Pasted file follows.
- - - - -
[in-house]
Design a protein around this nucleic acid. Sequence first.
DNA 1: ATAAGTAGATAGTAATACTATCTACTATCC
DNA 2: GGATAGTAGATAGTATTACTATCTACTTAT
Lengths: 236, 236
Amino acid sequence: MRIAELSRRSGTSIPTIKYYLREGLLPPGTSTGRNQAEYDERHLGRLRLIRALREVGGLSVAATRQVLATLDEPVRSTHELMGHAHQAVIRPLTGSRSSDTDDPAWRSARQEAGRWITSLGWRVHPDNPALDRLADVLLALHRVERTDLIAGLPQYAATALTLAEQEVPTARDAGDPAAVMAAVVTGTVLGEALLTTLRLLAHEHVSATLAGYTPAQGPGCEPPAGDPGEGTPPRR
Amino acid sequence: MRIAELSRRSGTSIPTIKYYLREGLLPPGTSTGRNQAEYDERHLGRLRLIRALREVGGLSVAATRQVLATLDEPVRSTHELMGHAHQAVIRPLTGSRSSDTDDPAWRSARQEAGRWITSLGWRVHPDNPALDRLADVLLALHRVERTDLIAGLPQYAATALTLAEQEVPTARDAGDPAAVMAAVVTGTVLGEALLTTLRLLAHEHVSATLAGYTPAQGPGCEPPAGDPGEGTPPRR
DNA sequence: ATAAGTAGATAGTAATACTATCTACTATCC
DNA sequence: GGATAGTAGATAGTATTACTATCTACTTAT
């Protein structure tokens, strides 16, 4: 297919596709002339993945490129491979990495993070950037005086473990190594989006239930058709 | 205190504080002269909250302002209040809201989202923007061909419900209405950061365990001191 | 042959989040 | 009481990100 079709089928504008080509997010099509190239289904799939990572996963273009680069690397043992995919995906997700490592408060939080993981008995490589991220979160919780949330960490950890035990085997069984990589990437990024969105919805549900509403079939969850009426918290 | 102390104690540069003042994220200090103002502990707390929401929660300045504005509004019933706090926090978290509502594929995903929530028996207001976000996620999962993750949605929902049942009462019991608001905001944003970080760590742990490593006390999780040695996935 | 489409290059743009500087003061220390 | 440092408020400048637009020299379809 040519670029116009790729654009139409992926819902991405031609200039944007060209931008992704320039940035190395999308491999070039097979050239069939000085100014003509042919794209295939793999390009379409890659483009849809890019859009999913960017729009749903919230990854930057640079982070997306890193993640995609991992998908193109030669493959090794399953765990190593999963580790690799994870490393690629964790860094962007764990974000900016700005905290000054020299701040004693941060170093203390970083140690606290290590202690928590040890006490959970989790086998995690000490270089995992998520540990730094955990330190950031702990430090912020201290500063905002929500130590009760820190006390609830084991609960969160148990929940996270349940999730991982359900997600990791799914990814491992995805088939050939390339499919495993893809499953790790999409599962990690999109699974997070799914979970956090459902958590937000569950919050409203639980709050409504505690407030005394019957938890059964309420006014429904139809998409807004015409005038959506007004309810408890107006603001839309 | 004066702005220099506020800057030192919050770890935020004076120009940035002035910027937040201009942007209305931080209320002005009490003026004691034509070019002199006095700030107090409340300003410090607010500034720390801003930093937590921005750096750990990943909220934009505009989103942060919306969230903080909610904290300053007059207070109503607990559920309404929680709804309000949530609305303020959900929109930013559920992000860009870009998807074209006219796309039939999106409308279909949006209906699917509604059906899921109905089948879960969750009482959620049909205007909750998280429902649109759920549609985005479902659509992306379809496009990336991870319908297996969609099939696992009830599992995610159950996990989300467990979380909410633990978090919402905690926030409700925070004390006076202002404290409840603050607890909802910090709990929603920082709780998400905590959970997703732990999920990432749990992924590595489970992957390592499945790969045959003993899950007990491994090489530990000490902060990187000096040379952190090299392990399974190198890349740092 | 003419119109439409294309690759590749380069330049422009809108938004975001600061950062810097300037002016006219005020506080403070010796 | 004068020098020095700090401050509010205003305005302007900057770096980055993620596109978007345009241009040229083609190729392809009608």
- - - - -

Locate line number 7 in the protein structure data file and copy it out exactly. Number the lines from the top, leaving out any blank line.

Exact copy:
Amino acid sequence: MRIAELSRRSGTSIPTIKYYLREGLLPPGTSTGRNQAEYDERHLGRLRLIRALREVGGLSVAATRQVLATLDEPVRSTHELMGHAHQAVIRPLTGSRSSDTDDPAWRSARQEAGRWITSLGWRVHPDNPALDRLADVLLALHRVERTDLIAGLPQYAATALTLAEQEVPTARDAGDPAAVMAAVVTGTVLGEALLTTLRLLAHEHVSATLAGYTPAQGPGCEPPAGDPGEGTPPRR